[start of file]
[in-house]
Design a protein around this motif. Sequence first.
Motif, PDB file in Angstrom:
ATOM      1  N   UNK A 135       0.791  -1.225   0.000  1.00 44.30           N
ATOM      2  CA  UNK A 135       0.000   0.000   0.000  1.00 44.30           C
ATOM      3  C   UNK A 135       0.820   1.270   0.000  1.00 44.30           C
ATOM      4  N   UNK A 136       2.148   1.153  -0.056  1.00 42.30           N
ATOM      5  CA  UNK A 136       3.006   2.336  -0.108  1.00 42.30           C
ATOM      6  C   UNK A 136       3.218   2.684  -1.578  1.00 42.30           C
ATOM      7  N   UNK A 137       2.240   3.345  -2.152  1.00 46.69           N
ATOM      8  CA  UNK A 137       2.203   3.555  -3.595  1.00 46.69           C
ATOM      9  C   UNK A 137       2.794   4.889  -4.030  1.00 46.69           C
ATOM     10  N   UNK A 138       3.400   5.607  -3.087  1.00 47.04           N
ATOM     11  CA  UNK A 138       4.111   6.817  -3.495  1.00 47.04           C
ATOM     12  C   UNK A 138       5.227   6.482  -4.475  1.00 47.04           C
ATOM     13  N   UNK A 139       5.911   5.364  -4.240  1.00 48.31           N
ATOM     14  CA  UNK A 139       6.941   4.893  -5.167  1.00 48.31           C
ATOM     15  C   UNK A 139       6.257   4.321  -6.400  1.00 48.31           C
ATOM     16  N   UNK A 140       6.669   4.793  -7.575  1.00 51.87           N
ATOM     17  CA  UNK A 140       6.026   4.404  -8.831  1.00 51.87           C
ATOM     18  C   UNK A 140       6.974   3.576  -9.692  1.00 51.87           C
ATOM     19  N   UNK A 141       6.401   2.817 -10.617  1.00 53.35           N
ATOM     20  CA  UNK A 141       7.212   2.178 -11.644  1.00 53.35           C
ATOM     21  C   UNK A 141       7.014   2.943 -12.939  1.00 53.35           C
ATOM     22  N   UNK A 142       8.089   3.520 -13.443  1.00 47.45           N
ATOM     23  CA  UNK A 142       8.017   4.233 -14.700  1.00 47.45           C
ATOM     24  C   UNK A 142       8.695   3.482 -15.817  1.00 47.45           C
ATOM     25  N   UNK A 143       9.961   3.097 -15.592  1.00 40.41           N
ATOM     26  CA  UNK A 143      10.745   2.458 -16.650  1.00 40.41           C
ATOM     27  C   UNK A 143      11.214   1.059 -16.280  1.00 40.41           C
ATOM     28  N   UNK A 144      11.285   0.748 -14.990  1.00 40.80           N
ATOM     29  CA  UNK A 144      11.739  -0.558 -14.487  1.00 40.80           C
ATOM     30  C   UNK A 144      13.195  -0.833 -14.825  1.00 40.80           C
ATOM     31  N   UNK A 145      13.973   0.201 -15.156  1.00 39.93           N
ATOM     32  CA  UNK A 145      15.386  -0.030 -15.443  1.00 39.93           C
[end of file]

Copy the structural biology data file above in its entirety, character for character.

[in-house]
Design a protein around this motif. Sequence first.
Motif, PDB file in Angstrom:
ATOM      1  N   UNK A 135       0.791  -1.225   0.000  1.00 44.30           N
ATOM      2  CA  UNK A 135       0.000   0.000   0.000  1.00 44.30           C
ATOM      3  C   UNK A 135       0.820   1.270   0.000  1.00 44.30           C
ATOM      4  N   UNK A 136       2.148   1.153  -0.056  1.00 42.30           N
ATOM      5  CA  UNK A 136       3.006   2.336  -0.108  1.00 42.30           C
ATOM      6  C   UNK A 136       3.218   2.684  -1.578  1.00 42.30           C
ATOM      7  N   UNK A 137       2.240   3.345  -2.152  1.00 46.69           N
ATOM      8  CA  UNK A 137       2.203   3.555  -3.595  1.00 46.69           C
ATOM      9  C   UNK A 137       2.794   4.889  -4.030  1.00 46.69           C
ATOM     10  N   UNK A 138       3.400   5.607  -3.087  1.00 47.04           N
ATOM     11  CA  UNK A 138       4.111   6.817  -3.495  1.00 47.04           C
ATOM     12  C   UNK A 138       5.227   6.482  -4.475  1.00 47.04           C
ATOM     13  N   UNK A 139       5.911   5.364  -4.240  1.00 48.31           N
ATOM     14  CA  UNK A 139       6.941   4.893  -5.167  1.00 48.31           C
ATOM     15  C   UNK A 139       6.257   4.321  -6.400  1.00 48.31           C
ATOM     16  N   UNK A 140       6.669   4.793  -7.575  1.00 51.87           N
ATOM     17  CA  UNK A 140       6.026   4.404  -8.831  1.00 51.87           C
ATOM     18  C   UNK A 140       6.974   3.576  -9.692  1.00 51.87           C
ATOM     19  N   UNK A 141       6.401   2.817 -10.617  1.00 53.35           N
ATOM     20  CA  UNK A 141       7.212   2.178 -11.644  1.00 53.35           C
ATOM     21  C   UNK A 141       7.014   2.943 -12.939  1.00 53.35           C
ATOM     22  N   UNK A 142       8.089   3.520 -13.443  1.00 47.45           N
ATOM     23  CA  UNK A 142       8.017   4.233 -14.700  1.00 47.45           C
ATOM     24  C   UNK A 142       8.695   3.482 -15.817  1.00 47.45           C
ATOM     25  N   UNK A 143       9.961   3.097 -15.592  1.00 40.41           N
ATOM     26  CA  UNK A 143      10.745   2.458 -16.650  1.00 40.41           C
ATOM     27  C   UNK A 143      11.214   1.059 -16.280  1.00 40.41           C
ATOM     28  N   UNK A 144      11.285   0.748 -14.990  1.00 40.80           N
ATOM     29  CA  UNK A 144      11.739  -0.558 -14.487  1.00 40.80           C
ATOM     30  C   UNK A 144      13.195  -0.833 -14.825  1.00 40.80           C
ATOM     31  N   UNK A 145      13.973   0.201 -15.156  1.00 39.93           N
ATOM     32  CA  UNK A 145      15.386  -0.030 -15.443  1.00 39.93           C